Date: 26 June 2020
DOC, Queenstown Lakes District Council (QLDC), Otago Regional Council (ORC) and local businesses are establishing a workforce group to pilot projects including refurbishing tracks, carrying out predator trapping and supporting wilding conifer control work.
“We know that Queenstown has been hit hard by the downturn in international visitors because of the COVID-19 pandemic,” DOC’s Operations Manager Wakatipu, Geoff Owen says.
“The group will bring together people in need of work, initially from within the tourism sector, and prepare them for nature-based employment opportunities that are being identified across Queenstown and Wanaka.”
DOC has invested $250,000 from the Government’s $1.3 billion Jobs for Nature programme for the pilot. QLDC’s $70,000 contribution is sourced from the $1.4m labour redeployment funding recently received from the Ministry of Business, Innovation and Employment.
“The pilot is still very much in its initial stages as we continue to collectively understand different complexities associated with redeployment. As part of the pilot phase we are not currently accepting expressions of interest from the community; once the pilot phase is complete we will be able to confirm further details,” QLDC Recovery Manager Steve Batstone said.
The goal is to redeploy approximately 30 people in the next two months.
The workforce group is another step towards creating a larger regional alliance of government agencies including DOC, Treaty Partner Te Runanga o Ngāi Tahu, businesses and the rural sector. This will foster collaboration and understand what the employment opportunities are in the region and stimulate investment in restoring nature.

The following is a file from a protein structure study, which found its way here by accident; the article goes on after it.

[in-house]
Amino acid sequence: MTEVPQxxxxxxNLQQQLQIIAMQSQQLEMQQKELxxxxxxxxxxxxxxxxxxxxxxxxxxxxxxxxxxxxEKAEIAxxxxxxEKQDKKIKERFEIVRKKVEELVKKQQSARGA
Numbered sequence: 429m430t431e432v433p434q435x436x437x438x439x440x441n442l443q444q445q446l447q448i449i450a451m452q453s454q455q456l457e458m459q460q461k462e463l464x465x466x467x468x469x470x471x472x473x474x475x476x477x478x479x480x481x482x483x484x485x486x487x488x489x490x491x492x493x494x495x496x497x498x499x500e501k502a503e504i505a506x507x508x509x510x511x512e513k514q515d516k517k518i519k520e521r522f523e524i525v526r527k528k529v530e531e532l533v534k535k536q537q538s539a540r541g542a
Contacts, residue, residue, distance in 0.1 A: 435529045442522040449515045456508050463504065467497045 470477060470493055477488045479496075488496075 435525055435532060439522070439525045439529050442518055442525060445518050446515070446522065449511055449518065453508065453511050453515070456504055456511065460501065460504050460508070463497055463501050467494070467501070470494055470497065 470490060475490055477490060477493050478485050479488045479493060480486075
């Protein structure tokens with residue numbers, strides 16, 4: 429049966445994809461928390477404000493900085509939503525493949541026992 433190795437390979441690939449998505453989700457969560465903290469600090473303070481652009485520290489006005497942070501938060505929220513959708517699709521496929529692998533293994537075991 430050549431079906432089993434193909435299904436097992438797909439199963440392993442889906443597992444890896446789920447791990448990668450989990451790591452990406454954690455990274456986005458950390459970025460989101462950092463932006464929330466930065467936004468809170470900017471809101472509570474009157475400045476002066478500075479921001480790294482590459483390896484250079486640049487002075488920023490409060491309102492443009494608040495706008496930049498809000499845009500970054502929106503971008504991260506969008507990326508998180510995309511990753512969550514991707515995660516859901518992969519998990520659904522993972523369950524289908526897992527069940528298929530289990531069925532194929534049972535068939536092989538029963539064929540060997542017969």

“This project would not be possible without the expertise and hard work of local businesses to initially establish a small number of projects. This will show us how to best match people to a work opportunity in nature, and to ensure the work is undertaken safely and to the required standard,” Geoff Owen says.
“Working in nature can be technical and strenuous, and made more difficult by terrain, and now by the onset of winter conditions and snow to lower levels.
“With increasing wilding conifer control on the horizon, this investment now will mean that a fit-for-purpose labour force, will be able to be deployed quickly when larger conservation projects in the region begin,” Geoff Owen says.
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